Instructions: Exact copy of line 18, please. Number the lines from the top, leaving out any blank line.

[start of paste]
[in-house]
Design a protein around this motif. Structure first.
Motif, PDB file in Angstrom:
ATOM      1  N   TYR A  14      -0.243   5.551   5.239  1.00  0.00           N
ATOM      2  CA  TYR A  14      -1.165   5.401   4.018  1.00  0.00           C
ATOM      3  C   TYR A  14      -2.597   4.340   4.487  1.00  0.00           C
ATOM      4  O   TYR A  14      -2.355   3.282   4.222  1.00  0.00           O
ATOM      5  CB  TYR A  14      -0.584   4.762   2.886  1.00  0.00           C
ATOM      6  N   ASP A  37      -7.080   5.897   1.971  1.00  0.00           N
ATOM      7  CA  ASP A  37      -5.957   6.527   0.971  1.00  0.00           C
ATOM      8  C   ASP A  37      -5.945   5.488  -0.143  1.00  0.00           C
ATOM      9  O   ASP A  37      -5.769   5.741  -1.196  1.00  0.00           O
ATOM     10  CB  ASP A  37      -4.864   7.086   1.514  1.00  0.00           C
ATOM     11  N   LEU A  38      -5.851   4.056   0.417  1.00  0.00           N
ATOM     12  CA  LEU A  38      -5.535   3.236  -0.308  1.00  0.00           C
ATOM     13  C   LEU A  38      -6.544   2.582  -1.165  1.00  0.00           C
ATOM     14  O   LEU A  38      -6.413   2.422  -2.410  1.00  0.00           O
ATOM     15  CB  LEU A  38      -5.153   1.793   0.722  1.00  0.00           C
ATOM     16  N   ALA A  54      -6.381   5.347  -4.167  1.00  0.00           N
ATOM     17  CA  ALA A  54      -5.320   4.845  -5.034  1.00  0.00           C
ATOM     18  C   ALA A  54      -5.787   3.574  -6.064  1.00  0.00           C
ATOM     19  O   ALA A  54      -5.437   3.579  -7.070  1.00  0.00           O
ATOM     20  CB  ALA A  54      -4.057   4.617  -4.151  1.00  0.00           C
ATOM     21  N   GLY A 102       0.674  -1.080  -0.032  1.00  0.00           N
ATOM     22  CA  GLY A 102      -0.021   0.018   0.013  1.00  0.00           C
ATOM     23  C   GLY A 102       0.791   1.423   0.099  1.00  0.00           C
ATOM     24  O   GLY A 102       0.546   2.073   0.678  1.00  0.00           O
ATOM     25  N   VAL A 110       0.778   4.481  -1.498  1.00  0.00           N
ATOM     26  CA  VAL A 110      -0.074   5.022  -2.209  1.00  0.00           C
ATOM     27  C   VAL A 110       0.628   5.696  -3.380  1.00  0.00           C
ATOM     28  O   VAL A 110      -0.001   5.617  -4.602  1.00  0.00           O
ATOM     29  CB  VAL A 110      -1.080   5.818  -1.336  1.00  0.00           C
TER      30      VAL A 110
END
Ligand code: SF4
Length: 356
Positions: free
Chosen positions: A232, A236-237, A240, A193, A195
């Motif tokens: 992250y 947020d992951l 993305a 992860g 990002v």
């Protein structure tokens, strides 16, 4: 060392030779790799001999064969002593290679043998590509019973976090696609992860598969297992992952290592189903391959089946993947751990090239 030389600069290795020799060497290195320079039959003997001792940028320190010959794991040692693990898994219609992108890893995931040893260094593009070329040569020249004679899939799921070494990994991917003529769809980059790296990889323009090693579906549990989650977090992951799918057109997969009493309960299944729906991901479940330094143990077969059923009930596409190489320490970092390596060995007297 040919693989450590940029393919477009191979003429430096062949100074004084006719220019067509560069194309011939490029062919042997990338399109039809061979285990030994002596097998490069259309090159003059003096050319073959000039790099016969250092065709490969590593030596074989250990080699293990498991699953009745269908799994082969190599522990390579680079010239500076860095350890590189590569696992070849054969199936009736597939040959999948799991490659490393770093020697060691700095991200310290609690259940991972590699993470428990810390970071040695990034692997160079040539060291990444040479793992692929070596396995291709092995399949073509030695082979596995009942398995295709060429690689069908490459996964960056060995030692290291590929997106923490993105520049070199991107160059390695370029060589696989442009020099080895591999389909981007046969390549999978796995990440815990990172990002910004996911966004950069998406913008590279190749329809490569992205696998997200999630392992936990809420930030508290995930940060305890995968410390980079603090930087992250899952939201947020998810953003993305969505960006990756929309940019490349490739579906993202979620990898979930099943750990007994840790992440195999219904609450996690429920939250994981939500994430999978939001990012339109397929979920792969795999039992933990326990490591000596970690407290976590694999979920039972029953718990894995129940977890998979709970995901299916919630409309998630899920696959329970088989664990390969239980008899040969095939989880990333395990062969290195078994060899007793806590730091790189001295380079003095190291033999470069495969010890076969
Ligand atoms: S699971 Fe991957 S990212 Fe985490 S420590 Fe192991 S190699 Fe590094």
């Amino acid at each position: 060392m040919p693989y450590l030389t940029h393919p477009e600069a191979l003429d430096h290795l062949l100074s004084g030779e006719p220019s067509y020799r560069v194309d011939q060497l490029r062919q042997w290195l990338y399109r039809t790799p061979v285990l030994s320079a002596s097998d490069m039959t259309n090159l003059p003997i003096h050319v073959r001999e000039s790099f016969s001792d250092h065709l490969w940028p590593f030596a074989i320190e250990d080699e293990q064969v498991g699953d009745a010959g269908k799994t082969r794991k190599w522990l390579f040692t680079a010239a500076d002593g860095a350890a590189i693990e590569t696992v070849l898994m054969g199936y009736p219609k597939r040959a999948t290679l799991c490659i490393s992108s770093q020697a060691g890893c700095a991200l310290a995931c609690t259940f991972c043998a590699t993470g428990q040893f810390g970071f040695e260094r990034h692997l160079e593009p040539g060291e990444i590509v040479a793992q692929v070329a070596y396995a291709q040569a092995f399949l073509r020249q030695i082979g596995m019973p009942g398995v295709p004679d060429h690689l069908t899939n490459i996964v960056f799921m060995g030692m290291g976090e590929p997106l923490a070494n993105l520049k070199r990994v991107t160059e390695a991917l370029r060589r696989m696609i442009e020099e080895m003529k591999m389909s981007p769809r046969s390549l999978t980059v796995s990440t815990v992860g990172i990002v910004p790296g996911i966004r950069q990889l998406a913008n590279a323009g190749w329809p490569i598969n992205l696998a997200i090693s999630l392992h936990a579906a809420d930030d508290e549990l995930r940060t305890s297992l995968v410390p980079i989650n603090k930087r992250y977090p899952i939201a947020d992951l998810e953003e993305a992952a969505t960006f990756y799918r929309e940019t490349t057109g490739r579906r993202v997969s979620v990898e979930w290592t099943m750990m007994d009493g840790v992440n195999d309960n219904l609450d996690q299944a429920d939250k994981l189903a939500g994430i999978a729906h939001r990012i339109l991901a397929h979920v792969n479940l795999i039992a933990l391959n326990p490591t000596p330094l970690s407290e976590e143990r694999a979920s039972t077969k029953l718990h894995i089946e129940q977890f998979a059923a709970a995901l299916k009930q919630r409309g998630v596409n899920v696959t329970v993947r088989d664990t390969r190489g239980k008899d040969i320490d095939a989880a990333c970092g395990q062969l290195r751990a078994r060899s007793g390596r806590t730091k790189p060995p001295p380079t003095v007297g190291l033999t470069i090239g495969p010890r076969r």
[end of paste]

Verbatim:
ATOM     15  CB  LEU A  38      -5.153   1.793   0.722  1.00  0.00           C